A city in Yorkshire that is named as one of Arthur’s castles in Yder.

Mr. Morgan’s book ‘The Place-names of Wales’ (1912) tells us the origin of the name Pontefract.

“Pont is generally derived from the Latin pontem, a bridge. The monks were great bridge-builders, and it is supposed that they introduced the word to us. Pontage is a duty paid for repairing bridges. The Roman pontiff was so called because the first bridge over the Tiber was constructed and consecrated by the high priest.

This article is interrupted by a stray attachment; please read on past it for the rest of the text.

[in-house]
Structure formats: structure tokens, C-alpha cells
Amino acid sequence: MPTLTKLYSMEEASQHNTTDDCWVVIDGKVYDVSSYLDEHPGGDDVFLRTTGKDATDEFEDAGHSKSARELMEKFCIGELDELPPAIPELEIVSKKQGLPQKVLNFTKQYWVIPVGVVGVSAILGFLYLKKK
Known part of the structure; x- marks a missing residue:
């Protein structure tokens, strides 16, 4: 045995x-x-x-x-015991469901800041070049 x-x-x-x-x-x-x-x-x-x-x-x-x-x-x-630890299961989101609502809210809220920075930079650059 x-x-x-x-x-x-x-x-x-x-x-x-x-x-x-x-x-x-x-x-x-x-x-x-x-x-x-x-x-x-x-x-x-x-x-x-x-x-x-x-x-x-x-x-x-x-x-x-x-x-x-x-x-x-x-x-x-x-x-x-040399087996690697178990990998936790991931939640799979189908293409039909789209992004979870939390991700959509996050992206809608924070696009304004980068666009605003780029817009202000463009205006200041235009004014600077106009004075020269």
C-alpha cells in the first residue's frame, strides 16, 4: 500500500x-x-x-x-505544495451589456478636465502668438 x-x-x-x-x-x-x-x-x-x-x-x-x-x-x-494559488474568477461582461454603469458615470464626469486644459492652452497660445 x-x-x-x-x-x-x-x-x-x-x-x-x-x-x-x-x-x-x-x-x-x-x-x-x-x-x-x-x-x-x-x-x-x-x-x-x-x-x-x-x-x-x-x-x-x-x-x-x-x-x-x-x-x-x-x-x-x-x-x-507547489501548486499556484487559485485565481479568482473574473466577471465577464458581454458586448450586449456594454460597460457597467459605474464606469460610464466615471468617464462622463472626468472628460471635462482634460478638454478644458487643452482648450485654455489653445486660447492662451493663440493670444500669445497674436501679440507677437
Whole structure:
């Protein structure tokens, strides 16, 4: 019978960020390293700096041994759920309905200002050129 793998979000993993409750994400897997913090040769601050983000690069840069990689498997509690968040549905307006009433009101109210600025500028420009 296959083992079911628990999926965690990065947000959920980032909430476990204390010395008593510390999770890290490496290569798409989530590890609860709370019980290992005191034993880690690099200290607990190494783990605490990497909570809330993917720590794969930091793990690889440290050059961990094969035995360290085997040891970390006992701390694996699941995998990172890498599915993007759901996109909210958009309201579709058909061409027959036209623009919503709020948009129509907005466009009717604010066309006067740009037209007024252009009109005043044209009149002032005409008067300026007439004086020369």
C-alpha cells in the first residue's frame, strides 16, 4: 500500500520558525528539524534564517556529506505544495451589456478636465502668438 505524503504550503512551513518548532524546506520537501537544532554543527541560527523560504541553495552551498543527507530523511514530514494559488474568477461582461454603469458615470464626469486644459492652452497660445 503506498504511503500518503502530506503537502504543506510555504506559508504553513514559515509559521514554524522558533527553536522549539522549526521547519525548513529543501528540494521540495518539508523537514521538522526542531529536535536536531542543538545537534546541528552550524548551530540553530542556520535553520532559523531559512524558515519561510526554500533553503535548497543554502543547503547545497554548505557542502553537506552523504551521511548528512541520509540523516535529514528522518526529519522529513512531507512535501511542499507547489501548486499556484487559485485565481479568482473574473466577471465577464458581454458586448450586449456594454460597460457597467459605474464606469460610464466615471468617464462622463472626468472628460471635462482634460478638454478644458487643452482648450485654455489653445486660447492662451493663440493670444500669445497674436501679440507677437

Pontefract is a pure Latin name, from pons, a bridge, and frangere, to break, signifying a broken bridge, so called from the bridge breaking down when William, Archbishop of York, was passing over.”